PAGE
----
In a nearly dead even final day, the GOP cast five more ballots than the Democrats in Washoe County. Total ballots cast were 14,234 by far the largest of the cycle as expected. Republicans cast 5348 while Democrats cast 5343. The Independent/Other category definitely made their presence felt casting 3543 ballots. With this being the final day it seems more instructive to look at the aggregate totals and compare them to the 2008 results.  Although Democrats carried the in-person early vote by 641 ballots, most everything else about this performance was bad news.  Of the three groups only the Democrats had a lower turnout than 2008 bolstering the argument of reduced enthusiasm for the party. At the same time their differential over Republicans was 11,337 fewer than the 2008 margin. Republicans increased their ballots cast 8485 and 4.5pp of the overall total. The Independent/Other segment increased its vote total 4270 ballots and 2.3pp of the overall total.  As was the trend throughout the early voting, the increased Independent/Other vote may well be the deciding factor in Washoe County and the state as a whole. Republicans still lead in the aggregate early voting count thanks to absentee voting and mail-in ballots although they had hoped to add to this lead by greater performances from in-person balllots.

Contrast between 2012 and 2008 in-person early voting

2012 Final Tally 2008 Final Tally
Dem – 45043 (40.4%) Dem – 47895 (47.1%)
GOP -44402 (39.8%) GOP – 35917 (35.3%)
NP – 22062 (19.8%) NP – 17792 (17.5%)

Overall we see that 2012 had little relation to 2008 in that the competition was far stiffer this time around with Republicans giving as good as they were getting. Although hopes for a Washoe win from in-person voting were dashed due to strong late performances by Democrats, the full cycle performance was stellar especially when contrasted to a woeful 2008.

2012 Early Vote Trendlines by Party

2008 Early Vote Trendlines by Party

Democrats Not Going Down Without a Fight in Clark County Early Voting

To be the champ you have to beat the champ and if Republicans win in Nevada they will have earned it. Democrat enthusiasm may not be what was statewide in 2008 but the Clark County machine is getting the job done for Democrats.  The trend is not the friend of Republicans right now but the biggest day of early voting is still left. Questions will remain unknown until election day regarding cannibalizing high propensity voters but thus far Democrats have answered the bell in Clark County early voting.  On Thursday Democrats cast 15,675 ballots compared to Republicans who cast 9979 ballots for a 5696 net gain. These types of wins are a big deal for Democrats because they are underperforming everywhere else in the state.  The Independent/Other vote held pace with the Thursday upswing casting 6956 ballots.  Overall there was a 16% day-over-day increase in activity.  With Democrats performing strongly, albeit below their 2008 margin, winning the Independent vote grows increasingly important in Clark County and across the state.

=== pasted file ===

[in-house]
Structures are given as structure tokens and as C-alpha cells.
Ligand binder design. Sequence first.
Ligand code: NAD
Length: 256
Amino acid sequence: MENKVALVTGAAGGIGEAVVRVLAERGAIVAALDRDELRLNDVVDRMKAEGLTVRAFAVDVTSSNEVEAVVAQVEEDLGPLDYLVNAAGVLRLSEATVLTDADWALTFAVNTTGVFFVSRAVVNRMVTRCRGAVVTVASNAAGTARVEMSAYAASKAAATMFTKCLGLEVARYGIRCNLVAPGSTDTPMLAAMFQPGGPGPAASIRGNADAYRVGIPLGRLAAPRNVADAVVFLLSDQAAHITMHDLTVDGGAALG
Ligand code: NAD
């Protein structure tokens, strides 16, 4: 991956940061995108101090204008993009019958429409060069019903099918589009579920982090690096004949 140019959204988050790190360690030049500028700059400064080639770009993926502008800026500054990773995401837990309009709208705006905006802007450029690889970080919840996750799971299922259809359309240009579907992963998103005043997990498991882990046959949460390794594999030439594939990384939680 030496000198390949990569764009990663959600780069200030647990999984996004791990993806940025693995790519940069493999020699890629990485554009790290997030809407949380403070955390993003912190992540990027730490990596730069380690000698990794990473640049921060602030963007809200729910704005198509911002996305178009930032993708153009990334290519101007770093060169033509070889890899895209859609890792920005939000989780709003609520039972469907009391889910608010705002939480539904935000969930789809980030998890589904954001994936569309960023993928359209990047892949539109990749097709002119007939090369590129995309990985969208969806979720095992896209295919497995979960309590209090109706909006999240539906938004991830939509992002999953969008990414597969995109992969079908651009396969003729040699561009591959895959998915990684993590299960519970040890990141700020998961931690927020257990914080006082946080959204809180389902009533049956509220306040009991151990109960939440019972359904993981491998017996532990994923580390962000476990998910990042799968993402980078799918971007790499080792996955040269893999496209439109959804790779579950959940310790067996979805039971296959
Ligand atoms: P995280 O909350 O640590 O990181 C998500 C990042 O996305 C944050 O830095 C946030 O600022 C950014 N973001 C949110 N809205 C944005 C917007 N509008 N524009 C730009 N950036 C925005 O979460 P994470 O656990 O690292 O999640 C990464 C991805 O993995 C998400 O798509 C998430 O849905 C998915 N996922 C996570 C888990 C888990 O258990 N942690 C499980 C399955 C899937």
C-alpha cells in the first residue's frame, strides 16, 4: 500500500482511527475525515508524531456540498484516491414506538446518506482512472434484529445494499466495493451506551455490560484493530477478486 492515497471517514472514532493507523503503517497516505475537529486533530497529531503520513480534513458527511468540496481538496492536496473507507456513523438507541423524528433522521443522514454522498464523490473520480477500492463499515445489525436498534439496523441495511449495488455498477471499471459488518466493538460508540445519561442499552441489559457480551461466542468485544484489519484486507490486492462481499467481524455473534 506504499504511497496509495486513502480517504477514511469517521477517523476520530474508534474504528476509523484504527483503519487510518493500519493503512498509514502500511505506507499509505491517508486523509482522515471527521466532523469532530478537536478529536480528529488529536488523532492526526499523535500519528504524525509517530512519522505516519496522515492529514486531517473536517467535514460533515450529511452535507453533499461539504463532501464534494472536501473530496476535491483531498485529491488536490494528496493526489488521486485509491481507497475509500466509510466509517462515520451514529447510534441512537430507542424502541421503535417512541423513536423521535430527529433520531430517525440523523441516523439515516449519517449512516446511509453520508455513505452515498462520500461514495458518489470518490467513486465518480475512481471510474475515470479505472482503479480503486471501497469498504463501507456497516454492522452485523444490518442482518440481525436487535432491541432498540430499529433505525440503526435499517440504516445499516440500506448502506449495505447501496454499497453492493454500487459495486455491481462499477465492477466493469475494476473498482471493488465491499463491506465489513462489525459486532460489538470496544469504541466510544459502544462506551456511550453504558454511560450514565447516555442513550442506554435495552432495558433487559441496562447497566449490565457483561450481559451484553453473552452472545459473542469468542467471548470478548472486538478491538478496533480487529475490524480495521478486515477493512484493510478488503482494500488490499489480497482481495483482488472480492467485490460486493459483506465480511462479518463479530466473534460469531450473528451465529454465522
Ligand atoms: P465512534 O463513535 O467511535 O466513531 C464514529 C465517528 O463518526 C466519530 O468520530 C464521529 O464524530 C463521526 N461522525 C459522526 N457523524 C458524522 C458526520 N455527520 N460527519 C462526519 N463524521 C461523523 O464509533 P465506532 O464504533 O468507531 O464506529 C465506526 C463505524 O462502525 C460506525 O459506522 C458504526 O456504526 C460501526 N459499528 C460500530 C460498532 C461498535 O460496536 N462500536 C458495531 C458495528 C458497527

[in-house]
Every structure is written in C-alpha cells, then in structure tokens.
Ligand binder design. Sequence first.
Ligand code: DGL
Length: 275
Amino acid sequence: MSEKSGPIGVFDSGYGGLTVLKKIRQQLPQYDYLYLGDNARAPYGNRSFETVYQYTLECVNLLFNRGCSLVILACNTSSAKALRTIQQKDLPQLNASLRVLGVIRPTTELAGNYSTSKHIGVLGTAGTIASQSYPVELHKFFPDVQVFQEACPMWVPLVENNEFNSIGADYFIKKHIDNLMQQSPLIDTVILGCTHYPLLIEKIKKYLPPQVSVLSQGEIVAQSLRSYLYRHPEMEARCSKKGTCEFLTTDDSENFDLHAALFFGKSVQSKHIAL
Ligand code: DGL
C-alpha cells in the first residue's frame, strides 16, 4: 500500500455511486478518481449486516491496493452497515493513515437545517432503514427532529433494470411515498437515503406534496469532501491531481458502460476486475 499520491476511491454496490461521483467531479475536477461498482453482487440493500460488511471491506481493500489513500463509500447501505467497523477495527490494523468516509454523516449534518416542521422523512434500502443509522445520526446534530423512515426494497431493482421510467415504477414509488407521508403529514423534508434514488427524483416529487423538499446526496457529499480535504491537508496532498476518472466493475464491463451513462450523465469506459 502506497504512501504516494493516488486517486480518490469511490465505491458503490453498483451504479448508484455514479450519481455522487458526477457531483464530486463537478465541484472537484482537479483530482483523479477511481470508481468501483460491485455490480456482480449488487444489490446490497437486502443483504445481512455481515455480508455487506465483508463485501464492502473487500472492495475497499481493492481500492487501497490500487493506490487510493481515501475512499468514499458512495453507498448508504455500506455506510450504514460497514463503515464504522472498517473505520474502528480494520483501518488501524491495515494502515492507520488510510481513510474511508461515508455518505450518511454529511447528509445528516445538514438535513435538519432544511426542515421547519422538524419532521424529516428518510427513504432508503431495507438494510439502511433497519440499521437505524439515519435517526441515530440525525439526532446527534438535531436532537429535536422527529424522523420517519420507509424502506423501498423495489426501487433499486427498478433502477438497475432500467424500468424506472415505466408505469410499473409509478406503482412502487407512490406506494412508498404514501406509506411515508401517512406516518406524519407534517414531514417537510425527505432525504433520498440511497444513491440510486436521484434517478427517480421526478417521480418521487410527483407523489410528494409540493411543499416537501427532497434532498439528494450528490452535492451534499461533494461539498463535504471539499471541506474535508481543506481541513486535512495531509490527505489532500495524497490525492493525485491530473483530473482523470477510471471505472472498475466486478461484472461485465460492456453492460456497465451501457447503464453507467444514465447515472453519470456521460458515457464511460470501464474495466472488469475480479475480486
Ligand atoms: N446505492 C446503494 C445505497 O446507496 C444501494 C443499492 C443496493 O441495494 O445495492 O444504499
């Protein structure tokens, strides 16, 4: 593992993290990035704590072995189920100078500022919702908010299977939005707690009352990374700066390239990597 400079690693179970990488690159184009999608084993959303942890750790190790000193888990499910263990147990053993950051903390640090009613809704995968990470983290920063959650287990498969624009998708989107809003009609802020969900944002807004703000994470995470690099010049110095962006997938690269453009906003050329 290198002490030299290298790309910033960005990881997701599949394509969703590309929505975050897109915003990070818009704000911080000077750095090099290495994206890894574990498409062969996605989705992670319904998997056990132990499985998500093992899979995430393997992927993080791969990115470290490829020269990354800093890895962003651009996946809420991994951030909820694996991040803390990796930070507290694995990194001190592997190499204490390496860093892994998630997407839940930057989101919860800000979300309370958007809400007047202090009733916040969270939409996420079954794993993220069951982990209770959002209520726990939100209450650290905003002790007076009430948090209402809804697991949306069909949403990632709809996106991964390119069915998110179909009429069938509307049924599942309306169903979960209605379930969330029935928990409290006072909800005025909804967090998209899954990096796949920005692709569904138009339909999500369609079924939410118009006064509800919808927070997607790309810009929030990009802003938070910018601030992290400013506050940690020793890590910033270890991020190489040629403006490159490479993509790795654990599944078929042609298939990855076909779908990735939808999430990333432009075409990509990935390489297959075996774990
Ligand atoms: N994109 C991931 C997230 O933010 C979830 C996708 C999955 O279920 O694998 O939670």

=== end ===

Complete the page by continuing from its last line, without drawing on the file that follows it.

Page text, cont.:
Another Day, Another Washoe County Win for Republicans in Early Voting

For the fourth consecutive day Republicans outpaced Democrats in Washoe County in-person early voting.  Republicans cast 3613 votes for a 39.4% share while Democrats cast 3429 ballots for a 37.4%.  The expected Thursday ramp-up increased turnout 19% over the Thursday result with 9162 ballots cast. Republicans now trail in-person early voting by 646 ballots. But the net gain of 184 ballots extends Republicans overall lead with the combined absentee and mail-in early ballots.  The aggregate Washoe lead now stands at 375 more ballots cast by Republicans than Democrats, a far cry from the 12k advantage Democrats enjoyed in 2008.  Washoe’s going red people … get used to it.  If Romney is winning a majority of the Independent vote and the Clark GOP keeps its close . . .